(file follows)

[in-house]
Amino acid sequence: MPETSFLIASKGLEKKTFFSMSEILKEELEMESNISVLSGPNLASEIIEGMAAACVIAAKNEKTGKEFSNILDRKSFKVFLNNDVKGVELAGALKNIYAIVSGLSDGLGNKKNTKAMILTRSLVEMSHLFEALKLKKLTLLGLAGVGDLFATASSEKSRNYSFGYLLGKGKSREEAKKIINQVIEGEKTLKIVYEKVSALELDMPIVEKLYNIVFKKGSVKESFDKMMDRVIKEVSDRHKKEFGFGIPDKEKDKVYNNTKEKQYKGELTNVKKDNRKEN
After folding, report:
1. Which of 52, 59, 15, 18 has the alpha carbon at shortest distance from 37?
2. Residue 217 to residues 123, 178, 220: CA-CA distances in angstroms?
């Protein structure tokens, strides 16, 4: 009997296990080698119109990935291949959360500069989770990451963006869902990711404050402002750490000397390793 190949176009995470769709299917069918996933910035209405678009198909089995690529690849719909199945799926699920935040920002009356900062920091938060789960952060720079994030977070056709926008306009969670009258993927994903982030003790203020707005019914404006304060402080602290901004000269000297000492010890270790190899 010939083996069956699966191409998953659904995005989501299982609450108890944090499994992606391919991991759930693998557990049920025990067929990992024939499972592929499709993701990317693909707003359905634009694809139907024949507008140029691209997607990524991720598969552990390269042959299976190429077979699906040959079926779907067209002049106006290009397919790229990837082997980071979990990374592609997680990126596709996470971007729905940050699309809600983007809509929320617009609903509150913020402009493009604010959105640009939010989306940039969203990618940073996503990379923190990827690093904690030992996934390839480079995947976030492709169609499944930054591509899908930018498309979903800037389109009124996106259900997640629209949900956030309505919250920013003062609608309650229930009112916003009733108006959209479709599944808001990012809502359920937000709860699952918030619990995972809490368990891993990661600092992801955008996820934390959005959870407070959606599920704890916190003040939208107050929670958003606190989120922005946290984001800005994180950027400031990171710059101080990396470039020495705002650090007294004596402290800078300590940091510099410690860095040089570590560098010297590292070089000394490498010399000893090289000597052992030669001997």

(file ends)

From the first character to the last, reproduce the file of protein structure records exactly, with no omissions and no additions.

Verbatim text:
[in-house]
Amino acid sequence: MPETSFLIASKGLEKKTFFSMSEILKEELEMESNISVLSGPNLASEIIEGMAAACVIAAKNEKTGKEFSNILDRKSFKVFLNNDVKGVELAGALKNIYAIVSGLSDGLGNKKNTKAMILTRSLVEMSHLFEALKLKKLTLLGLAGVGDLFATASSEKSRNYSFGYLLGKGKSREEAKKIINQVIEGEKTLKIVYEKVSALELDMPIVEKLYNIVFKKGSVKESFDKMMDRVIKEVSDRHKKEFGFGIPDKEKDKVYNNTKEKQYKGELTNVKKDNRKEN
After folding, report:
1. Which of 52, 59, 15, 18 has the alpha carbon at shortest distance from 37?
2. Residue 217 to residues 123, 178, 220: CA-CA distances in angstroms?
């Protein structure tokens, strides 16, 4: 009997296990080698119109990935291949959360500069989770990451963006869902990711404050402002750490000397390793 190949176009995470769709299917069918996933910035209405678009198909089995690529690849719909199945799926699920935040920002009356900062920091938060789960952060720079994030977070056709926008306009969670009258993927994903982030003790203020707005019914404006304060402080602290901004000269000297000492010890270790190899 010939083996069956699966191409998953659904995005989501299982609450108890944090499994992606391919991991759930693998557990049920025990067929990992024939499972592929499709993701990317693909707003359905634009694809139907024949507008140029691209997607990524991720598969552990390269042959299976190429077979699906040959079926779907067209002049106006290009397919790229990837082997980071979990990374592609997680990126596709996470971007729905940050699309809600983007809509929320617009609903509150913020402009493009604010959105640009939010989306940039969203990618940073996503990379923190990827690093904690030992996934390839480079995947976030492709169609499944930054591509899908930018498309979903800037389109009124996106259900997640629209949900956030309505919250920013003062609608309650229930009112916003009733108006959209479709599944808001990012809502359920937000709860699952918030619990995972809490368990891993990661600092992801955008996820934390959005959870407070959606599920704890916190003040939208107050929670958003606190989120922005946290984001800005994180950027400031990171710059101080990396470039020495705002650090007294004596402290800078300590940091510099410690860095040089570590560098010297590292070089000394490498010399000893090289000597052992030669001997």